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Daily News Blog

Archive for the 'flupyradifurone' Category


Take Action: Saving America’s Pollinators Act Reintroduced in Congress

(Beyond Pesticides, March 4, 2019) Last week, U.S. Representative Earl Blumenauer (D-OR) reintroduced the Saving America‚Äôs Pollinators Act¬†(H.R.1337) to cancel specific bee-toxic pesticides and establish a review and cancellation process for all pesticides that are potentially harmful to pollinators. The specific pesticides targeted in the bill include the systemic insecticides imidacloprid, clothianidin, thiamethoxam, dinotefuran, acetamiprid, sulfoxaflor, flupyradifurone, and fipronil. The bill also establishes requirements for review of other potentially bee-toxic chemicals by an independent pollinator protection board, and requires annual reports on the health and population status of pollinators. The bill creates a sustainable model for pollinator protection in the face of ongoing obstruction by an increasingly industry-influenced EPA. There are 29 cosponsors to date. The current bill is the fifth version of Saving America’s Pollinators Act (SAPA), which was first introduced by U.S. Representative Conyers (D-MI) in 2013. The newest version differs from previous bills in its bold definition of who should have responsibility for assessing harm to pollinators. SAPA 2019 calls for the establishment of a Pollinator Protection Board, to be composed of expert scientists, beekeepers, farmers, members of environmental organizations and other key stakeholders, nearly all of whom must not have any conflict of interest or affiliation […]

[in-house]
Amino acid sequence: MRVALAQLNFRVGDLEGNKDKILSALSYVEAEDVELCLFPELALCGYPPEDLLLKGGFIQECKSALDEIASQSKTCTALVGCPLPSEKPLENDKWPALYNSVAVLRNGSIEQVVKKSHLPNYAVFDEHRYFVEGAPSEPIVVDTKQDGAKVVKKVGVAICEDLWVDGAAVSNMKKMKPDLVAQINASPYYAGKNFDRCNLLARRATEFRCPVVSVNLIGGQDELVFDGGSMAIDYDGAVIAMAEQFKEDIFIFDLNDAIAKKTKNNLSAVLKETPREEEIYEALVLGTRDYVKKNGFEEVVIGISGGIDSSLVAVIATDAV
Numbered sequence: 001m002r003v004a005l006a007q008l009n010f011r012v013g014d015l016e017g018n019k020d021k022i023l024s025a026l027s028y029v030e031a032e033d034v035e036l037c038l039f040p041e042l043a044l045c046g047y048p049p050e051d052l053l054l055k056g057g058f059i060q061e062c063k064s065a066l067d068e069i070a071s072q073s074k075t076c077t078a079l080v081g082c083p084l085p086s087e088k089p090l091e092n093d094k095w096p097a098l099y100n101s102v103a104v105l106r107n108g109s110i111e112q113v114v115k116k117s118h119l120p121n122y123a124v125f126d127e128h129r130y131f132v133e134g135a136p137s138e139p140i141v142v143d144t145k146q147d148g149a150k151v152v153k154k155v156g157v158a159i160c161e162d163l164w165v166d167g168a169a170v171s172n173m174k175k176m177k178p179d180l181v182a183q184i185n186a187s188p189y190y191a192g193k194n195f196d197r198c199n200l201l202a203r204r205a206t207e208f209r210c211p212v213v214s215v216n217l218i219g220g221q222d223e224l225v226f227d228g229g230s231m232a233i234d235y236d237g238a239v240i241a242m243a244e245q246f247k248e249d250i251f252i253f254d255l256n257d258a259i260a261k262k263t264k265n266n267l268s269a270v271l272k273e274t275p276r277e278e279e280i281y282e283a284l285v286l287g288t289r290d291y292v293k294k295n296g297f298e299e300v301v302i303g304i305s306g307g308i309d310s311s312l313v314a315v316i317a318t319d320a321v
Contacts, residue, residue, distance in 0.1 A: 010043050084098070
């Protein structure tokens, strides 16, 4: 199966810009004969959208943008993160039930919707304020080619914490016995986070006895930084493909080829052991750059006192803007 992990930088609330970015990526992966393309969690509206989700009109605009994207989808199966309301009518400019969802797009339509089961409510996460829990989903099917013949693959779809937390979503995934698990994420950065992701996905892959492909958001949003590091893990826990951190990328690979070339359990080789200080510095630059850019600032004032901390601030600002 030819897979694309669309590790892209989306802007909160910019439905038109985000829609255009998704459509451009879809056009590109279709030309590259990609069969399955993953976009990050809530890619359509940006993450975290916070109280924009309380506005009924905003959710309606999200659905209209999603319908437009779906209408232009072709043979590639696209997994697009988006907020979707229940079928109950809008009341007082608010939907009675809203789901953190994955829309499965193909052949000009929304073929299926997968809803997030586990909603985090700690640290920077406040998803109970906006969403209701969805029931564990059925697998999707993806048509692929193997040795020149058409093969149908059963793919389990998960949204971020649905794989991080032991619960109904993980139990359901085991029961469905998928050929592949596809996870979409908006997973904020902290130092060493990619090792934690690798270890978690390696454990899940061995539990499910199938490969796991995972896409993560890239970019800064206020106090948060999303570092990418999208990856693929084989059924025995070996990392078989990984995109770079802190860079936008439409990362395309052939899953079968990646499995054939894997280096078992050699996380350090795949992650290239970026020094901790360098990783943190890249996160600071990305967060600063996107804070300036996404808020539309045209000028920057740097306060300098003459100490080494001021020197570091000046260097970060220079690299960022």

EPA Considers 300,000-Acre Expansion of Bee-Toxic Pesticide